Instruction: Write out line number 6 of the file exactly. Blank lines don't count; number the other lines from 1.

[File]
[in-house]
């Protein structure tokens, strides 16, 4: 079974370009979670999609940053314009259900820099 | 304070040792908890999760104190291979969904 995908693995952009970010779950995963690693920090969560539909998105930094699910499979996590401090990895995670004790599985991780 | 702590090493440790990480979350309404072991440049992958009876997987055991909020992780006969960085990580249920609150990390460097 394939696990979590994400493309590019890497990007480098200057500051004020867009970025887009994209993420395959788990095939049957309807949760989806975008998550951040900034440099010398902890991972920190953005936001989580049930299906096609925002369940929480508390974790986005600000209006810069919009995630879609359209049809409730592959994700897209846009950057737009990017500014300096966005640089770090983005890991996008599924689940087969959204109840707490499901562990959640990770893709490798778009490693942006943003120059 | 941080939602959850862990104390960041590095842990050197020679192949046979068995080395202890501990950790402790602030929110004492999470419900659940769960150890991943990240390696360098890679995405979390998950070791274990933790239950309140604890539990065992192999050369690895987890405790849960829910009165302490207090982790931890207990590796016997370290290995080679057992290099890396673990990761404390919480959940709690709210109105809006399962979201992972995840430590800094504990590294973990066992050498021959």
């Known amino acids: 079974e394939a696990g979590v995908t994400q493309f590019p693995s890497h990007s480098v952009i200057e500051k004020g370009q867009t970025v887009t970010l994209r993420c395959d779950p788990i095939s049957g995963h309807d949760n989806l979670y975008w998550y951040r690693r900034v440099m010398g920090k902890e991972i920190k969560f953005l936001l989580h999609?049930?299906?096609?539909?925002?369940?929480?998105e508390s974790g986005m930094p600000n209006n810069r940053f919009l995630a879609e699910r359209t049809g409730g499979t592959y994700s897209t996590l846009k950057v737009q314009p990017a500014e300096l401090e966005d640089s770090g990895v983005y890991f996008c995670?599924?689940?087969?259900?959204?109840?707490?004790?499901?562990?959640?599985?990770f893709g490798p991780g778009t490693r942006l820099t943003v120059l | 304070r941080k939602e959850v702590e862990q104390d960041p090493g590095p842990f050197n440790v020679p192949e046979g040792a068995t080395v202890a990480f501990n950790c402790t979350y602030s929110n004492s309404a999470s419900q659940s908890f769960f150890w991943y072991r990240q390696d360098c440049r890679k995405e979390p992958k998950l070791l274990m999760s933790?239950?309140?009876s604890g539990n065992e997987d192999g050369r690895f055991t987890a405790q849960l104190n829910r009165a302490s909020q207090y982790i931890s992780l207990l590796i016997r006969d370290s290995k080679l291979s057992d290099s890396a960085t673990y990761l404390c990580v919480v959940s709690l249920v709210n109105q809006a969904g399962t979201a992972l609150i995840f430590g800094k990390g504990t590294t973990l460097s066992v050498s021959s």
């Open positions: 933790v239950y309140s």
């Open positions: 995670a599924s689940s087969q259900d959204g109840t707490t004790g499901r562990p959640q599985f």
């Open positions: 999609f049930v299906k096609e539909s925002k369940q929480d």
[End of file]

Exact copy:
């Open positions: 999609f049930v299906k096609e539909s925002k369940q929480d």